Not only do mentorships create new images of female proteges as professionals, the relationship can empower proteges and give them the support of a mentor’s sponsorship. Organizations that encourage mentorships ensure that a female hire has the opportunity to thrive.

4. Equity training may help teachers

All teachers want their students to succeed, but unconscious biases can cause them to favor boys or fail to give girls the support they need. Providing training for teachers may help. By examining the systems that influence their behavior in the classroom, teachers can become more conscious of how they address their students.

5. Use research to inform strategies

As an administrator or educational leader trying to improve gender equity for employees or students, it’s imperative to rely on research. Data highlights prejudices that may not be obvious and can inform a strategy for correcting them.

For example, a school’s hiring process may be seemingly merit-based, however one study in higher education had professors rate fictional applications of identical male and female students. Overwhelmingly, professors rated the male applications more favorably, and offered more male students higher starting salaries.

6. Women are effective leaders—when given the chance

There is a misconception that biology helps determine career outcomes. However, research shows that men and women are more similar than different when it comes to factors such as personality and ability. In fact, these characteristics have more impact on career trajectory than biology.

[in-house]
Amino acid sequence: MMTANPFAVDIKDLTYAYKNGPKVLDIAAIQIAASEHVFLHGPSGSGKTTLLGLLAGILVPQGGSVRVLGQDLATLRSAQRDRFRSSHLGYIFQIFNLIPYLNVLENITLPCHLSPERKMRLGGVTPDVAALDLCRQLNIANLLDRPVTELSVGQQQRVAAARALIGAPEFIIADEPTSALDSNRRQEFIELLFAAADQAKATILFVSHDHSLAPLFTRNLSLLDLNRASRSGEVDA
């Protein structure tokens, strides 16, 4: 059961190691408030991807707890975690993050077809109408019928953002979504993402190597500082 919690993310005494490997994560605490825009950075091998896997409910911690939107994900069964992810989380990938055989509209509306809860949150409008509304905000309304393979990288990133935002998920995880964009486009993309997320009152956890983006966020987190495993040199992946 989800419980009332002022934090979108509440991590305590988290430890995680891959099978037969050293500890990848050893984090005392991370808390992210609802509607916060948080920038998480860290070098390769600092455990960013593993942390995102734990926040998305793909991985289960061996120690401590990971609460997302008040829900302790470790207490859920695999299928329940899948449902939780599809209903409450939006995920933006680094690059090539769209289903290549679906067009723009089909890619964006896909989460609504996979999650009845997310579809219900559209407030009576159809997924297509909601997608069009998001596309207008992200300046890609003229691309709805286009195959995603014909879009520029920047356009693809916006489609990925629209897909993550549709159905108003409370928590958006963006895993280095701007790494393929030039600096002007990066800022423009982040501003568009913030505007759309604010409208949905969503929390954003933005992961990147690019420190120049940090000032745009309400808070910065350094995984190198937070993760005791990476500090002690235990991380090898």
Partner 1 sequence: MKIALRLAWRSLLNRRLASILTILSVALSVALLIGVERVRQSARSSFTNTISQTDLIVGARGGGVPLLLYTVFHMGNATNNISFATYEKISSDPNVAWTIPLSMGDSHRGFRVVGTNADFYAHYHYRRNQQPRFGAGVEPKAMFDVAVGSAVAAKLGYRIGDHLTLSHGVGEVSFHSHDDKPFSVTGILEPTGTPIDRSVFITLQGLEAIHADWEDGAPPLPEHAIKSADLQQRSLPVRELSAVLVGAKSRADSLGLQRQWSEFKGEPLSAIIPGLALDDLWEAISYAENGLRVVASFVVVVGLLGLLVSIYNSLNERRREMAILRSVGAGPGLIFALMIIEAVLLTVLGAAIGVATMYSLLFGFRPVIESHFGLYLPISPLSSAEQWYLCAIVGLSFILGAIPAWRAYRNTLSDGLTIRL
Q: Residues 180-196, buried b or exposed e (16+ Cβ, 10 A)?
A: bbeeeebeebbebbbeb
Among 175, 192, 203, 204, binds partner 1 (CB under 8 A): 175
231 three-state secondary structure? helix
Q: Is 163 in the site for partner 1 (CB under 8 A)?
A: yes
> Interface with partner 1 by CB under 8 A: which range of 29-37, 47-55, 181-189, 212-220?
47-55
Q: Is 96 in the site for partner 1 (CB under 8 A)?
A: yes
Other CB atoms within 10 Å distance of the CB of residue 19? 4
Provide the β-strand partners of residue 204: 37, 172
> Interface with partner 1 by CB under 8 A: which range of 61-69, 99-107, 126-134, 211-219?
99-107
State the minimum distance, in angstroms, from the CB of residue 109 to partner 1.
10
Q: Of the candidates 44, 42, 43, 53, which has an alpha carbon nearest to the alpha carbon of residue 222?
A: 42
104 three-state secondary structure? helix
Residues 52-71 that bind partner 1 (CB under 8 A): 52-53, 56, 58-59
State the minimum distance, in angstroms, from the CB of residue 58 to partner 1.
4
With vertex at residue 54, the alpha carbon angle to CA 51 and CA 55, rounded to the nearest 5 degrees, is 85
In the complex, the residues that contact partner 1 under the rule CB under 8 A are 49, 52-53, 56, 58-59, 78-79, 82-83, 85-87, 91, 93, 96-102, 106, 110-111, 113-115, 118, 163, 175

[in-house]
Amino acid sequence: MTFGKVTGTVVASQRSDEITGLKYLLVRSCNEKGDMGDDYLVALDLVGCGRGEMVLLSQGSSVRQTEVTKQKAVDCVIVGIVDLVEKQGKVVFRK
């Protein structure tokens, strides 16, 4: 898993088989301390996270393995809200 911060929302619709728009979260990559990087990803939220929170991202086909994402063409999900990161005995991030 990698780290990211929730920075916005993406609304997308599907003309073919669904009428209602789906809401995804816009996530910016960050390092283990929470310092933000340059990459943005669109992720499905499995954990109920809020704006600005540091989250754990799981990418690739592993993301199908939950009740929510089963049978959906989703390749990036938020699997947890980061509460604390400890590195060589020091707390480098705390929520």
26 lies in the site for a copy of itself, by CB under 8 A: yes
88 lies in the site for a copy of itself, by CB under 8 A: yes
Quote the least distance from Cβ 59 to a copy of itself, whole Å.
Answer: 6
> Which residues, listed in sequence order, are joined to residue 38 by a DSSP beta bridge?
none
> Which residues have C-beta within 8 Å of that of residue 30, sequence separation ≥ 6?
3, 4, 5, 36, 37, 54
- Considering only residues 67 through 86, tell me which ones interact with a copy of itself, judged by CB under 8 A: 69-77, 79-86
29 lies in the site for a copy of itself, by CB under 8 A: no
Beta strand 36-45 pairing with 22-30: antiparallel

The disproportionate number of men in senior positions has more to do with culture. Men are socialized to overstate the value of their knowledge and even bluff to get what they want, whereas women are socialized to be humble. As these behaviors are rewarded throughout careers, the gender gap grows wider.

Ample evidence exists showing that women make very effective leaders, but they need their schools and organizations to consider them for the roles.

7. Address gender equity early in schools 

To ensure that both boys and girls can achieve academic success, schools should implement equitable learning environments for the youngest and most vulnerable children. For teachers, this might mean incorporating more variance into your teaching style.

Presenting the same information in different ways that connect with visual and verbal learners can isolate fewer kids. “If we’re told that a boy’s way of learning is the best way, we’re preferencing one gender over another,” Andres argued.

8. Consider a graduate degree

A graduate program in education not only prepares you to lead in your field, it trains you to correct inequitable systems. You’ll acquire the skills to dismantle gender barriers to learning and professional achievement. As a result, you give employees and students permission to be themselves, rather than conforming to cultural expectations that are irrelevant to them.

Learn how USC Rossier’s graduate programs can prepare you to advance equity.

*For more on the treatment of non-binary transgender people in the workplace, check out this article.